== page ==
by Jeremy Putley
Original to La Russophobe
It can be a dangerous thing to say that a man is guilty of a murder before he has been tried and found guilty of that crime by a jury in a court of law – as Mr Wopsle found to his cost, in Dickens’s Great Expectations. If you have read that novel you will remember that Mr Wopsle was holding forth in the Three Jolly Bargemen about the guilt of the accused in a recent murder case. Listening to Mr Wopsle’s words was the great London lawyer, Mr Jaggers. In an overwhelming demolition of the unfortunate Wopsle, Jaggers pronounces one of the supreme principles of English jurisprudence. “The law of England supposes every man to be innocent until he is proved – proved – to be guilty.”
That is probably why no British newspapers have pointed out that the first, obvious conclusion to be drawn from President Putin’s refusal to extradite former KGB officer Andrei Lugovoi to the United Kingdom to face trial on a charge of murder is that it amounts to a tacit admission of guilt. Newspapers do not publish what they deem to be defamatory statements even if they are true.
But if the accused will never face a court of law to answer to the charges, what then? Must there be perpetual silence on the question of guilt? That would be to compound the wrong that has been done. It would not be right to the victims. It would not be right to Russia, nor to the people in London poisoned by polonium-210.
Andrei Lugovoi was employed (with others) to assassinate a Russian dissident, naturalized as a British citizen and living peaceably in London. President Putin is well aware of that. He also knows that a finding of guilty against the accused in a British court of law will involve a simultaneous finding in the court of world opinion that the murder of Alexander Litvinenko was ordered by the Russian leadership. This much is only too clear.
Possibly, during court proceedings in the UK, if Lugovoi could ever be brought to trial, his testimony would provide confirmation of one theory of why the murder was committed and at whose instigation, in relation to which a number of facts are already in the public domain. It is now known, from BBC TV, that an 8-page “due diligence” dossier prepared by Alexander Litvinenko was about Victor Ivanov, currently chairman of Aeroflot. It follows, from the hypothesis advanced in a BBC Radio Four programme by Yuri Shvets, that Victor Ivanov is the Mr X described as the "powerful, dangerous and vindictive" individual, "closely associated with President Putin", who may have ordered the murder of Litvinenko. According to the BBC radio programme, when Litvinenko gave the dossier to Lugovoi, in early October 2006, and Lugovoi delivered it (or reported its contents) soon afterwards to Mr X (Ivanov), the decision to assassinate its author was made, in revenge for the termination of a contract worth "dozens of millions of dollars". Perhaps Mr Lugovoi’s evidence would shed light on the truth of this collection of allegations.
It would also be interesting if Titon International, the firm which allegedly employed Litvinenko to carry out the due diligence on Victor Ivanov, would publicly disclose the identity of the British company which commissioned the due diligence report, and subsequently pulled out of the deal.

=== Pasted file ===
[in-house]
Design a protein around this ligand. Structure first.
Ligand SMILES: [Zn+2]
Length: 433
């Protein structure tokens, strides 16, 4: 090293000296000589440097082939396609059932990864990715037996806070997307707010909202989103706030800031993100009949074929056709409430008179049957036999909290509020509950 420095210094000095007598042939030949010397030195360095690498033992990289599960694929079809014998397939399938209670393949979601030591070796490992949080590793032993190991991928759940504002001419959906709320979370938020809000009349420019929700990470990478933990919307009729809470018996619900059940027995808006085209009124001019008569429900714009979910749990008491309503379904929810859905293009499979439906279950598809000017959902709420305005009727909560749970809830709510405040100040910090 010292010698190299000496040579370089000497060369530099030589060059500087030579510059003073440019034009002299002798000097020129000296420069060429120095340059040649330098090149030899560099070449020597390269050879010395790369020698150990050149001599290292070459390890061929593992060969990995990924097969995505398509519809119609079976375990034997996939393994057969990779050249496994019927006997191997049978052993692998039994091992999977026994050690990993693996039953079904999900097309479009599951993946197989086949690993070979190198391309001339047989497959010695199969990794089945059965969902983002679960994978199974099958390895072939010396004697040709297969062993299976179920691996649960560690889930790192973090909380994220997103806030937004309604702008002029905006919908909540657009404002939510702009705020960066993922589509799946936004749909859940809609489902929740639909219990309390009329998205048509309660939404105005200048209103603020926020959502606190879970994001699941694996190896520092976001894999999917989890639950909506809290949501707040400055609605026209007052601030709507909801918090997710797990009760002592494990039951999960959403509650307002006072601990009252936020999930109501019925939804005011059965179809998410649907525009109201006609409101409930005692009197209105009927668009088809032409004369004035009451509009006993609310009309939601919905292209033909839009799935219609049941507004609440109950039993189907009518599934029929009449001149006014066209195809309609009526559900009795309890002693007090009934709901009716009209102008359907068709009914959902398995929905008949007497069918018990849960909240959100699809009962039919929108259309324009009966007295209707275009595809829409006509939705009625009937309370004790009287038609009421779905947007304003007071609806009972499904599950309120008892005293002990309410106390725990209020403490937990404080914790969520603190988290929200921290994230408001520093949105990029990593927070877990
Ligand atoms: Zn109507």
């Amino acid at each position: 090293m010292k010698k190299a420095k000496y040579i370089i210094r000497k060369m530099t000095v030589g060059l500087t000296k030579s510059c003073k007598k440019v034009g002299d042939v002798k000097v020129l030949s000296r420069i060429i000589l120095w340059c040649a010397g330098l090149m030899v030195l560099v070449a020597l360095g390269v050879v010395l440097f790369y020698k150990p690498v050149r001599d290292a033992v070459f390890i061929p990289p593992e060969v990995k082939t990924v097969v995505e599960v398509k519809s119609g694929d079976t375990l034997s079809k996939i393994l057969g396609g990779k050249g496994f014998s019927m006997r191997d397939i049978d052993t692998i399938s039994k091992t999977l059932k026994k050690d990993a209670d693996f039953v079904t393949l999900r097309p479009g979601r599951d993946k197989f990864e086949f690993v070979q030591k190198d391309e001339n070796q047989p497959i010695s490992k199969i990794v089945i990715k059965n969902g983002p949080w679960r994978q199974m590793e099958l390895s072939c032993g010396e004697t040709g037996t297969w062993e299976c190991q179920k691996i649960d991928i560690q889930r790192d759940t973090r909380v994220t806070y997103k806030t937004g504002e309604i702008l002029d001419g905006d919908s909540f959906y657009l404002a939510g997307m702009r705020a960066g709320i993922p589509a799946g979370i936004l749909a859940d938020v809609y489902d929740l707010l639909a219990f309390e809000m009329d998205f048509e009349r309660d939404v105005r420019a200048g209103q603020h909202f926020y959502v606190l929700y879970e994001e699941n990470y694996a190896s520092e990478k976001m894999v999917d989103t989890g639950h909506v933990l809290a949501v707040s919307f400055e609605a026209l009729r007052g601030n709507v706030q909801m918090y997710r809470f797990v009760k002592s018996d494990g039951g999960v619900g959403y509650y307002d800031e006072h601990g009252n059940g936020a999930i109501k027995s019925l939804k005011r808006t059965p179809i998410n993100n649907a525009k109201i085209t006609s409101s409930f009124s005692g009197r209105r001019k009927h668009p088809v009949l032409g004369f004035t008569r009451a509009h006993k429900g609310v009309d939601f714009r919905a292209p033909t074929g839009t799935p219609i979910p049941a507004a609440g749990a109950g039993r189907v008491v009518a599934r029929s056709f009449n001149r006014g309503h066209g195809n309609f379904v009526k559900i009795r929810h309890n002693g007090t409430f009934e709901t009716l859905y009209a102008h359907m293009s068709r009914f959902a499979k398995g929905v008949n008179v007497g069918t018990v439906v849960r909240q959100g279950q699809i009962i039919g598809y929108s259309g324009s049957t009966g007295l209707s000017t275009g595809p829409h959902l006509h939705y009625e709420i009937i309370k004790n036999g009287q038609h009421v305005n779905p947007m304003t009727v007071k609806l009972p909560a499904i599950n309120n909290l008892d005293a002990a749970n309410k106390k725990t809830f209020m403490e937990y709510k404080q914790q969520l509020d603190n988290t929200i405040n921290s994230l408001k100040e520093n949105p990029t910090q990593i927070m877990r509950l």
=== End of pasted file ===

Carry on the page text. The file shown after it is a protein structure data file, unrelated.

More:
But this is only one view of why Litvinenko was murdered. There were previous murder victims connected with the 1999 apartment building explosions, about which Litvinenko wrote in his (recently re-issued) 2002 book co-authored with Yuri Felshtinsky, “Blowing Up Russia: Terror From Within”. These include two State Duma deputies: the prominent liberal politician, Sergei Yushenkov, murdered by shooting in April 2003, and Yuri Shchekochikhin, a veteran investigative journalist, poisoned in July 2003, possibly with thallium. The assassination of Alexander Litvinenko, who was hated by the Russian hierarchy as a “traitor” to the organisation formerly known as the KGB, now the FSB, confirms the truth of what he wrote. The testimony of Andrei Lugovoi, supposing he could be persuaded to give it truthfully, would disclose that the FSB under its present head, General Nikolai Patrushev, is a corrupt, totally compromised, criminal organisation, so far beyond a possibility of being cleansed and reformed that it must be considered fit only to be disbanded.
There are only two commonly-held views of the 1999 apartment building explosions which killed more than 300 sleeping Russian citizens, and served as Putin’s pretext for starting the second war in Chechnya: that they were carried out by the Rusian FSB at the behest of the Russian power structures; and that of the Russian authorities, that they were the work of unidentified others for no known motive. The refusal of President Putin to allow Lugovoi to come to the UK to be tried for murder stands as implicit confirmation of the FSB’s guilt, in that it shows the government of the Russian Federation believes that his testimony would incriminate the guilty. And they are nervous.
When Tony Blair had a “frank discussion” with Vladimir Putin about the British government’s demand for Lugovoi’s extradition, earlier this month, Blair may, at last, have begun to understand the truth of the unsavoury character of his enigmatic interlocutor. (To Putin, by contrast, Blair’s lack of understanding of the truth seemed merely obtuse – hence, perhaps, Putin’s comment that British insistence on extradition is “stupid”.) A lawyer himself, Blair may now, as he leaves office, finally and too late have learned, from the refusal to surrender a criminal to justice, one reality of today’s Russia: that it is run by people who are not averse to the commission of crimes when they seem expedient, or convenient, or financially rewarding to members of the siloviki.